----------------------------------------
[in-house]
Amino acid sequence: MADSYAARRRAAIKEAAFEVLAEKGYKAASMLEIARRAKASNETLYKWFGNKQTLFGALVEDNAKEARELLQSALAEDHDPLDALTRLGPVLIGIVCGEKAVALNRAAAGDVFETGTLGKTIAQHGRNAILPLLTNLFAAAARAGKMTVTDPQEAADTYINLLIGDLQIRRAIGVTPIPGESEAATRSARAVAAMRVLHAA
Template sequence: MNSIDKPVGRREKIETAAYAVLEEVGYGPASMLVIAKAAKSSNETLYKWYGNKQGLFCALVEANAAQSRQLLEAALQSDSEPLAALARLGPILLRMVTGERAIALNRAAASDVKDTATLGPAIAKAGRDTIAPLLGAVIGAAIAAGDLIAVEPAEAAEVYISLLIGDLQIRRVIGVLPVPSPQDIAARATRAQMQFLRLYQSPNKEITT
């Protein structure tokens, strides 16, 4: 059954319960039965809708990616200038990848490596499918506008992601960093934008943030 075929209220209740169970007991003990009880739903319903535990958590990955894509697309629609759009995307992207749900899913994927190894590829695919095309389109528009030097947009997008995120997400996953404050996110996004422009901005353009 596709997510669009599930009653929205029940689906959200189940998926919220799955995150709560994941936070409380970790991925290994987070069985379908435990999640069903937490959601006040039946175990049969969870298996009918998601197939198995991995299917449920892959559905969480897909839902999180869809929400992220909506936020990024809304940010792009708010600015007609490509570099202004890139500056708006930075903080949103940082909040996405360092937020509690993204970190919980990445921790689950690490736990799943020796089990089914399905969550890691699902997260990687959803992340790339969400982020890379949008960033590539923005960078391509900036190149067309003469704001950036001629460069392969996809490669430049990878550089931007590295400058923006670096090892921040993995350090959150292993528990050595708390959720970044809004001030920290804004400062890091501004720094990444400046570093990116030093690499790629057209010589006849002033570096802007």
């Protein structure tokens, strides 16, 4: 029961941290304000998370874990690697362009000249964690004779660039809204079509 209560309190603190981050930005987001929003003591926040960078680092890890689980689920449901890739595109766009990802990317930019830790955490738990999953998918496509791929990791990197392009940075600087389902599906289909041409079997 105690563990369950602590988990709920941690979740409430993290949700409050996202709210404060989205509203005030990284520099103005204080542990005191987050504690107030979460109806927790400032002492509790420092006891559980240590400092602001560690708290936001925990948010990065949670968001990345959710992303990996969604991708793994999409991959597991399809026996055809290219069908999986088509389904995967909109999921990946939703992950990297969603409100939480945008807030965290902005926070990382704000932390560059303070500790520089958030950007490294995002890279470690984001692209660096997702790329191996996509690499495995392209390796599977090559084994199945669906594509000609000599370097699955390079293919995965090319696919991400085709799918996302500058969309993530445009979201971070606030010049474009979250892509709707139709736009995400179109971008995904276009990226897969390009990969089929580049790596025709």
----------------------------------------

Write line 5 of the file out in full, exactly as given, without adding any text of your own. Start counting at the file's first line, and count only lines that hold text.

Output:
């Protein structure tokens, strides 16, 4: 029961941290304000998370874990690697362009000249964690004779660039809204079509 209560309190603190981050930005987001929003003591926040960078680092890890689980689920449901890739595109766009990802990317930019830790955490738990999953998918496509791929990791990197392009940075600087389902599906289909041409079997 105690563990369950602590988990709920941690979740409430993290949700409050996202709210404060989205509203005030990284520099103005204080542990005191987050504690107030979460109806927790400032002492509790420092006891559980240590400092602001560690708290936001925990948010990065949670968001990345959710992303990996969604991708793994999409991959597991399809026996055809290219069908999986088509389904995967909109999921990946939703992950990297969603409100939480945008807030965290902005926070990382704000932390560059303070500790520089958030950007490294995002890279470690984001692209660096997702790329191996996509690499495995392209390796599977090559084994199945669906594509000609000599370097699955390079293919995965090319696919991400085709799918996302500058969309993530445009979201971070606030010049474009979250892509709707139709736009995400179109971008995904276009990226897969390009990969089929580049790596025709």